Citrus in Sicily

Fresh squeezed orange juice made with citrus from the Ortigia Market (photo: Brent Petersen)

The exact dates vary, but the Arabs are known to have introduced citrus to Sicily about 1,000 years ago.  The fruit has been a mainstay on the island ever since.  The trees grow easily in the warm climate and the juice is especially sweet when grown on the eastern part of the island, where the mineral-rich volcanic soil around Mount Etna nourishes the plants.

Blood oranges, in fact, do especially well in this area of eastern Sicily with groves dotting the landscape all around Etna, Siracusa and inland it Enna.  By the way, I apologize for the picture above.  It is not blood orange juice, but Sicilian juicing oranges juice.  I happened to take a picture they day we squeezed these oranges, so there you go.

Anyway, blood oranges are highly prized in Sicily and are best this time of year, when they are at their most juicy.  Unlike the blood oranges you can get in the U.S., which, to me, are good for juicing but rather dry and mealy for eating, Sicilian blood oranges are fantastic for juicing or peeling and eating.  That’s why Sicilians call them “red gold.”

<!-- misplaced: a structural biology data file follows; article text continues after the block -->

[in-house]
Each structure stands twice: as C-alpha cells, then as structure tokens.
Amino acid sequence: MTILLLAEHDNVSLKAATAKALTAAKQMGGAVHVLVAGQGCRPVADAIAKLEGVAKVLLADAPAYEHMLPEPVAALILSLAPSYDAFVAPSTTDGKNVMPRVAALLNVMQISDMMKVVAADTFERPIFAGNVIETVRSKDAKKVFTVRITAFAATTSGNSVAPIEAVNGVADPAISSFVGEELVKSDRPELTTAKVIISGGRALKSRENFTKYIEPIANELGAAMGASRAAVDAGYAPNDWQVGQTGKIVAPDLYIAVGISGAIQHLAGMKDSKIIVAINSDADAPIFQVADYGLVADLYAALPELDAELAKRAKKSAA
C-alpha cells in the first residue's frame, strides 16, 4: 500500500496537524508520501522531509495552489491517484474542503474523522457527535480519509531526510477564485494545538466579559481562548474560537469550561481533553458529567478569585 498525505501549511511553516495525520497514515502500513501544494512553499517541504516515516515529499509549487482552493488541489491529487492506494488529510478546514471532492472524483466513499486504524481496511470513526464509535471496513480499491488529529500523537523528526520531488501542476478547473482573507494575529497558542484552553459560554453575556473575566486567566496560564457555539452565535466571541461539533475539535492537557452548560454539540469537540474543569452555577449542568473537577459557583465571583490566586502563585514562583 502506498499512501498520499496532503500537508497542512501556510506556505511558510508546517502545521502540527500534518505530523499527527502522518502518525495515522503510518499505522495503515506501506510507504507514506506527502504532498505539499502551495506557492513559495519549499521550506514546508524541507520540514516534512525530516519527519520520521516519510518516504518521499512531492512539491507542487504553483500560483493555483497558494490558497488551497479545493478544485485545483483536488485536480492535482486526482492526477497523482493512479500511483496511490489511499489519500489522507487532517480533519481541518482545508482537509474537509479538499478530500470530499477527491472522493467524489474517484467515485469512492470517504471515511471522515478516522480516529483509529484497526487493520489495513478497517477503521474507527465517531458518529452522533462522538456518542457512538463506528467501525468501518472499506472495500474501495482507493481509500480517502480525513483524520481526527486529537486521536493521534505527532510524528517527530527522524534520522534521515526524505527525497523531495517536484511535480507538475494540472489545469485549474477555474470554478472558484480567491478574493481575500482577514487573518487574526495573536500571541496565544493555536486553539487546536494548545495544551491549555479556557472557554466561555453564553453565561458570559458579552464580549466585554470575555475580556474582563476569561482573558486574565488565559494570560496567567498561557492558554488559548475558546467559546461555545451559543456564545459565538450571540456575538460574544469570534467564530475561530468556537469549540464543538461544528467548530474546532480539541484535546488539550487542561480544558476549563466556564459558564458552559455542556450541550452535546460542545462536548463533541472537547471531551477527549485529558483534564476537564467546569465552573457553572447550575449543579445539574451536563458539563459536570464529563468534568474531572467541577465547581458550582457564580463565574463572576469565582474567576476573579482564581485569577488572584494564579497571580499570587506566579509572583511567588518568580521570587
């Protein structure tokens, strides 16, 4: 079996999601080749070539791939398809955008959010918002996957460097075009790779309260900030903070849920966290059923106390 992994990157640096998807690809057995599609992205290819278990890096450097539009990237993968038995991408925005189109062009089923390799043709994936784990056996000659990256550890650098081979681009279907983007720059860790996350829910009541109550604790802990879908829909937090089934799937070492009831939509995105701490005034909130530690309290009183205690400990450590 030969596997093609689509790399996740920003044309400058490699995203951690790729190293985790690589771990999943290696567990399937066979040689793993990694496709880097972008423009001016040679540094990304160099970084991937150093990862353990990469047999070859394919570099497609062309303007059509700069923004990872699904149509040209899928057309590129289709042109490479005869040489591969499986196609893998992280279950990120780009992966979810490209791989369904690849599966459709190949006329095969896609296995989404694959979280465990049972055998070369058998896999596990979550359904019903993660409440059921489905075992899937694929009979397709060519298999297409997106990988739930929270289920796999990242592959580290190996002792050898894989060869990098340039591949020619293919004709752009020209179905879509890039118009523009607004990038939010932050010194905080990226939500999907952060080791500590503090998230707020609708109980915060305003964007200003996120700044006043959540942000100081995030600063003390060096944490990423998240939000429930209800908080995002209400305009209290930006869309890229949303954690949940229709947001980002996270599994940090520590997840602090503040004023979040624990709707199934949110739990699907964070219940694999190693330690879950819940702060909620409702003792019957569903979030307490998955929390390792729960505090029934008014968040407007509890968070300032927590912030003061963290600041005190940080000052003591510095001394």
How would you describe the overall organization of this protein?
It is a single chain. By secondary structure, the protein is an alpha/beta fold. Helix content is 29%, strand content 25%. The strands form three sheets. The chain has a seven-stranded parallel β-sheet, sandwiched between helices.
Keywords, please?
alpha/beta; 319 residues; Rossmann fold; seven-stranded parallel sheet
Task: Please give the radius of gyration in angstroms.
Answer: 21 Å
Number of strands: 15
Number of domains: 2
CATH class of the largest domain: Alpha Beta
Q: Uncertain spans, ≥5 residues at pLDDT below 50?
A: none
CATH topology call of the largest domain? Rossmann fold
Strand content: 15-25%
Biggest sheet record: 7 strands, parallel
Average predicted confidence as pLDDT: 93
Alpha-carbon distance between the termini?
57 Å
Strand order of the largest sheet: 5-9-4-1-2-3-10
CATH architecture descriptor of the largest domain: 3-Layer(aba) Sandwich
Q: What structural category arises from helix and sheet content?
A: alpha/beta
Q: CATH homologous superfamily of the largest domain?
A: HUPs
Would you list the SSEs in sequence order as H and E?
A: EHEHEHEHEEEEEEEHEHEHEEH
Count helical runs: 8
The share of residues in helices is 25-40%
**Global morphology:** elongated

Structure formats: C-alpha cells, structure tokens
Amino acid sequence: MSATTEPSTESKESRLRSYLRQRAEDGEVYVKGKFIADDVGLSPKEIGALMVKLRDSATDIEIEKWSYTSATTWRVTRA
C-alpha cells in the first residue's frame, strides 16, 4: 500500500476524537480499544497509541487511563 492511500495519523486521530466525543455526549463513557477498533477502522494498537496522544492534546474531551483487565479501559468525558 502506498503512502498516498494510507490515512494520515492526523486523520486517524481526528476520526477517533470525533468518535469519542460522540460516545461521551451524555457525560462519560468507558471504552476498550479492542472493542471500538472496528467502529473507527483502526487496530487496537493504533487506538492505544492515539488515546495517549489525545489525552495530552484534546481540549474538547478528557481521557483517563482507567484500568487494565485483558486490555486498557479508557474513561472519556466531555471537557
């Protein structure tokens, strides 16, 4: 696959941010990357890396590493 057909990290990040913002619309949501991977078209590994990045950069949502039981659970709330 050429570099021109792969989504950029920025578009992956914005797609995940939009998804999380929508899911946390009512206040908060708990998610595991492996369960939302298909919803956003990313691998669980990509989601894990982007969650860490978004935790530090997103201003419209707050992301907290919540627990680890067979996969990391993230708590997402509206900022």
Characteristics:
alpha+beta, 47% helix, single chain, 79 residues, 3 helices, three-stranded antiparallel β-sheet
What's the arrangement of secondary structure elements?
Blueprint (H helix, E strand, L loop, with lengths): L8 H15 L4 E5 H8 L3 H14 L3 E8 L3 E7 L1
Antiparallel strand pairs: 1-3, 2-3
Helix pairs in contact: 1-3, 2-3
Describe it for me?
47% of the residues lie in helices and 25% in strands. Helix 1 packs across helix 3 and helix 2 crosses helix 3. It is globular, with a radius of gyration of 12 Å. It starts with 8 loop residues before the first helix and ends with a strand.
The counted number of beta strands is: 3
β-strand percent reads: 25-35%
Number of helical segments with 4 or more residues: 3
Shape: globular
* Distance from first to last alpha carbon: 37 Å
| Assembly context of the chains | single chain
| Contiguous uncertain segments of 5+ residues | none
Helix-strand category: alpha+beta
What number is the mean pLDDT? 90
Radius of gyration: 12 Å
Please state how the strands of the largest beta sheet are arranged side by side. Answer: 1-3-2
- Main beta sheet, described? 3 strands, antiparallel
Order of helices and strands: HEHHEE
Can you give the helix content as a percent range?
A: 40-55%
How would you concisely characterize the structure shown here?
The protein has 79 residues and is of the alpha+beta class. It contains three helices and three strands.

During the winter, you can go to any market in Sicily and you’ll see tables piled high, not only with “red gold” but all kinds of citrus grown on the island.

Finally, a note about the mafia and citrus.  When we first started visiting Italy, I was surprised to find that the mafia had (has) a hand in citrus production.  It seemed like such a labor intensive and archaic business for them to be involved in.  But, involved they are.

First, the farms where the citrus is grown can provide a good hideout.  They’re remote and, if they’re on a hill, provide a good line of sight to anyone paying a visit.  Also, underground cisterns connected by tunnels which capture water to irrigate the trees during the long Sicilian summers provide an excellent hiding place should you be surprised by a nosy Carabinieri.

Second, citrus farming is extremely profitable.  The quality of Sicilian oranges and lemons is unrivaled and command top dollar.  Even if a farm wasn’t directly owned by the mafia, they often had men on the inside, working for farms where fruit would mysteriously disappear overnight.

Or, they would control the water supply, gouging farmers with exorbitant prices during the dry season.  Decide not to play ball?  Threatening letters start arriving in your mailbox.  Maybe followed by your trees being cut down.  Violence towards you or your family could follow.

About the Author

Brent Petersen is the Editor-in-Chief of Destination Eat Drink. He currently resides in Setubal, Portugal. Brent has written the novel “Truffle Hunt” (Eckhartz Press) and the short story collection “That Bird.” He’s also written dozens of foodie travel guides to cities around the world on Destination Eat Drink, including in-depth eating and drinking guides to Lisbon, PortoSintraMonsaraz, and Evora in Portugal. Brent’s podcast, also called Destination Eat Drink, is available on all major podcasting platforms and is distributed by the Radio Misfits Podcast Network.

Author: Brent